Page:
Why is this an Essential Component?
Evidence for inclusion
'Many health care professionals, families, carers and volunteers are involved in providing care to people who need end of life and palliative care.' (NSW Ministry of Health, 2019)
Equitable access to healthcare including end of life and palliative care is fundamental to health and human dignity and is a basic human right.
Care providers across all settings can play a key role to improve outcomes and experiences for people approaching the end of life, their families and carers ( NSW Ministry of Health, 2012). To do this health professionals need to be engaged and supported to undertake continuing professional development, access to appropriate education, development opportunities and to have appropriate supervision (Palliative Care Australia, 2018).
The Agency for Clinical Innovation commissioned CareSearch (Palliative and Supportive Services, Flinders University) to identify local, national and international tools or resources that can potentially be used to implement each of the ten (10) Essential Components of Care within the Blueprint.
To be included, tools and resources were required to be in English, be applicable to the Australian context and be supported by evidence (such as published validation studies, clinical guidelines representing expert consensus, or advice from expert clinicians who were consulted).
The set of tools and resources provided is not intended to be exhaustive, nor is any one tool specifically recommended.
About the review process
Core palliative care tools
Centre for Palliative Care
The Centre for Palliative Care is part of St. Vincent’s Hospital Melbourne and is a Collaborative Centre of The University of Melbourne, Australia and has roles in the development and implementation of training and education programs for health professionals from a variety of disciplines, while undertaking cutting-edge research to set benchmarks and improve practices in palliative care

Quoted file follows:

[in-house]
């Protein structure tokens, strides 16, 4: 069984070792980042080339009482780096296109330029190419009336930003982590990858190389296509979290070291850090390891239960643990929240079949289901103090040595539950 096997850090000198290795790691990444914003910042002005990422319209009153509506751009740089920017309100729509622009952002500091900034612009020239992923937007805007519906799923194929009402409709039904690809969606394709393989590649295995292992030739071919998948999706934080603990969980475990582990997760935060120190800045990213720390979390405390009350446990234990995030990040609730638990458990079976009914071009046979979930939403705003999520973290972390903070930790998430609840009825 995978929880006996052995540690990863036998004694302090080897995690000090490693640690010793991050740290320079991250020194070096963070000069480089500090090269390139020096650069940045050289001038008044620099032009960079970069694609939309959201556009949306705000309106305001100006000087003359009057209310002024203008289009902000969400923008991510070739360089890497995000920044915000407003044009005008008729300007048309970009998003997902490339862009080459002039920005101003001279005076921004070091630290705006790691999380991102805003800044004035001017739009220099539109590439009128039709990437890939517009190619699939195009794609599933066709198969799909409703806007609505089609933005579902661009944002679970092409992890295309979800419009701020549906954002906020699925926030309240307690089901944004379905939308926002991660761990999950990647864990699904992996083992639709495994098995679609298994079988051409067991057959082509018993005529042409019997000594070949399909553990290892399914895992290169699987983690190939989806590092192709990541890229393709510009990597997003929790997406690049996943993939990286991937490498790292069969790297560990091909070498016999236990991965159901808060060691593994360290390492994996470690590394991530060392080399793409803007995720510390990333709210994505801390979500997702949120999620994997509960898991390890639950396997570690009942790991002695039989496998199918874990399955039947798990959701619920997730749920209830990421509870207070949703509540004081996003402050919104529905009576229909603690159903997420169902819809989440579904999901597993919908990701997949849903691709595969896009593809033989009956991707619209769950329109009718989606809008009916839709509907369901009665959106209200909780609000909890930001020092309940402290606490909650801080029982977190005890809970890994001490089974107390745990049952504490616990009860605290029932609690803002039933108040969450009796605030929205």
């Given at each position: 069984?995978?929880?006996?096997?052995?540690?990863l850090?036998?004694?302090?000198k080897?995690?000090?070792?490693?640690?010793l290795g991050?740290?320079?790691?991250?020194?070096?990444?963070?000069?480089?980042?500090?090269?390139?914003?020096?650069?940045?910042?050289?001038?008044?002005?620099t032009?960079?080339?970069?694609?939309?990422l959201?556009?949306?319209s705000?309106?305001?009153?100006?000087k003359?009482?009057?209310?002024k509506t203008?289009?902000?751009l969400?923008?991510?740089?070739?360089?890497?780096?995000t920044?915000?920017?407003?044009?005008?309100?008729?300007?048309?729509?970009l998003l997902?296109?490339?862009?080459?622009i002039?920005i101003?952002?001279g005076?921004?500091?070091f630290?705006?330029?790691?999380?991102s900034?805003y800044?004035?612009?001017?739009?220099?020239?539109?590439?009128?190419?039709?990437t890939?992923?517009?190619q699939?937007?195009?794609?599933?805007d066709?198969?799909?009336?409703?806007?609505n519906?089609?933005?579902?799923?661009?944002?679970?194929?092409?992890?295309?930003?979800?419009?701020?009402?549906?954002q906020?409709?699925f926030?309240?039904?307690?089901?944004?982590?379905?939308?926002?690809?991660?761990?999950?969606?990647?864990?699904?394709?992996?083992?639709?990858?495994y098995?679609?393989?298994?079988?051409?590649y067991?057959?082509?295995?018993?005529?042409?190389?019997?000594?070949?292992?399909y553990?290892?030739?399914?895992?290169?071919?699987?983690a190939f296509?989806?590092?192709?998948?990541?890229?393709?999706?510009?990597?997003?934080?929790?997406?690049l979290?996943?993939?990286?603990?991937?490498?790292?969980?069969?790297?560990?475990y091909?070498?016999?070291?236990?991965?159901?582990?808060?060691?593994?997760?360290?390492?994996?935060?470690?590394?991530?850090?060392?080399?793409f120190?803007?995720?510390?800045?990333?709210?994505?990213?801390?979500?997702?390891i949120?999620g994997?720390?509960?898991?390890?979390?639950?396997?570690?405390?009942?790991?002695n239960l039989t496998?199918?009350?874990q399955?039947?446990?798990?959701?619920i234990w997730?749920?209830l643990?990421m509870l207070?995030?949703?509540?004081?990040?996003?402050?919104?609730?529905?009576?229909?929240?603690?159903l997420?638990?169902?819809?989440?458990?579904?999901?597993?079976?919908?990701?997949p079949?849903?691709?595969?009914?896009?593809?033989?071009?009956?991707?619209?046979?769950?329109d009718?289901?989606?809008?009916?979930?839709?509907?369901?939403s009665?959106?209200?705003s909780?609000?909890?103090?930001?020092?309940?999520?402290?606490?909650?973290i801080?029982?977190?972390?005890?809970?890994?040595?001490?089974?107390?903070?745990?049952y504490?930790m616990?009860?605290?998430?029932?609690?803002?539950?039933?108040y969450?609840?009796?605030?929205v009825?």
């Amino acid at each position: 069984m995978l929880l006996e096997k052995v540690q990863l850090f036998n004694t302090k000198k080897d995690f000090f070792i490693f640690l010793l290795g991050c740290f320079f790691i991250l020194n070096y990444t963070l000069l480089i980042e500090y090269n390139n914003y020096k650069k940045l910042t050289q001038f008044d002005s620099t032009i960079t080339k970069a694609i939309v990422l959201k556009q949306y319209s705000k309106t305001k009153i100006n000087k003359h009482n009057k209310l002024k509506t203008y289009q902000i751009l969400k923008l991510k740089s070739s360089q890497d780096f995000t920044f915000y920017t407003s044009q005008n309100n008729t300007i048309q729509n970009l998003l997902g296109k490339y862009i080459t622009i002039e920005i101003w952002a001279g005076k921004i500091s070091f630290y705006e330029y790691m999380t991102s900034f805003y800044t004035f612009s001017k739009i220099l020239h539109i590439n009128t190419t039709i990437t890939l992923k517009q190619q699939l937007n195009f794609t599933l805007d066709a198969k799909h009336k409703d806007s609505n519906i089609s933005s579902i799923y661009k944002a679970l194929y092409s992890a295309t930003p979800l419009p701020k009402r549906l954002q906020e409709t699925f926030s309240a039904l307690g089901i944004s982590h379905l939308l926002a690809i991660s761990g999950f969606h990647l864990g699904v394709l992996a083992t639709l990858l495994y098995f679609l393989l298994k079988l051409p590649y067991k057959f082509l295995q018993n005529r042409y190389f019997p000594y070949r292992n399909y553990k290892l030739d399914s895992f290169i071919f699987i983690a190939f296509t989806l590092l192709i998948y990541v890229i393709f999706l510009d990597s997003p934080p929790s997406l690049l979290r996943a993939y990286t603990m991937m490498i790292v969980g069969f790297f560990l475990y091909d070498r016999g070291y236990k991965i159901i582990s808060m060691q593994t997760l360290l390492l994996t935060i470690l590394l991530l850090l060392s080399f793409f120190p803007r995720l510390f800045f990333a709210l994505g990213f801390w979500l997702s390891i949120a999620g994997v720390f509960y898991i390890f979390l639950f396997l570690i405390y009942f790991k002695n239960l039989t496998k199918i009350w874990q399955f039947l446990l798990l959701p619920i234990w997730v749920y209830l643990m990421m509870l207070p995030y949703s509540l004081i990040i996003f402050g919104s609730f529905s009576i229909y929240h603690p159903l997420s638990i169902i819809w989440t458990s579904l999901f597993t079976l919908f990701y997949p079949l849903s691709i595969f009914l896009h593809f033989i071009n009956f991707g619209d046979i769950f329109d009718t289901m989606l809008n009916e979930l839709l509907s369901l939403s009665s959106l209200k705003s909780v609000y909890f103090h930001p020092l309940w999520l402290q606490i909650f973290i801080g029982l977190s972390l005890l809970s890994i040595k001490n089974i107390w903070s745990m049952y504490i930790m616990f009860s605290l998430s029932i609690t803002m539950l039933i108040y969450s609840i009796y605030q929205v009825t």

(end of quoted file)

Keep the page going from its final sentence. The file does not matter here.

End of Life Palliative Education Resource Centre (EPERC Fast Facts)
Fast Facts are designed to be easily accessible and clinically relevant monographs on palliative care topics. They are intended to be quick teaching tools for bedside rounds, as well as self-study material for health care professional trainees and clinicians who work with patients with life-limiting illnesses.
Palliative Care Nurse Practitioner Candidate - Clinical Competencies (2011)
Provide guidance to Palliative Care Nurse Practitioner Candidates and their services about how clinical competence in palliative care may be identified and assessed in the workplace. Builds on the 2004 Australian Nursing and Midwifery Council’s Australian Nursing and Midwifery Council National Competency Standards for the Nurse Practitioner.
Additional tools for specific populations
Geriatric Fast Facts
Geriatric Fast Facts are accessible, concise, and clinically actionable 1-2 page reports on Geriatric topics applicable across medical specialties. Fast Facts are interdisciplinary, spanning the progression of medical education.
Quality Palliative Care in Long-Term Care: Self-Assessment Checklist
The checklist was developed to assess whether key structural, process, and outcome components are present in a given long-term care facility. This checklist can be used in conjunction with the Model for Quality Palliative Care in Long-Term Care to assist agencies to perform self-audits to monitor progress toward best practice in providing quality palliative care in long-term care facilities.
Clinical assessment tools
Cancer pain management in adults
Cancer Council Australia guidelines for health professionals working with cancer patients. Intended to supplement (not replace) clinical judgment and provide short, point-of-care recommendations for screening, assessment and management of cancer related pain.
COPD –X Plan or COPDX
Australian decision support guidelines for clinicians working with chronic obstructive pulmonary disease.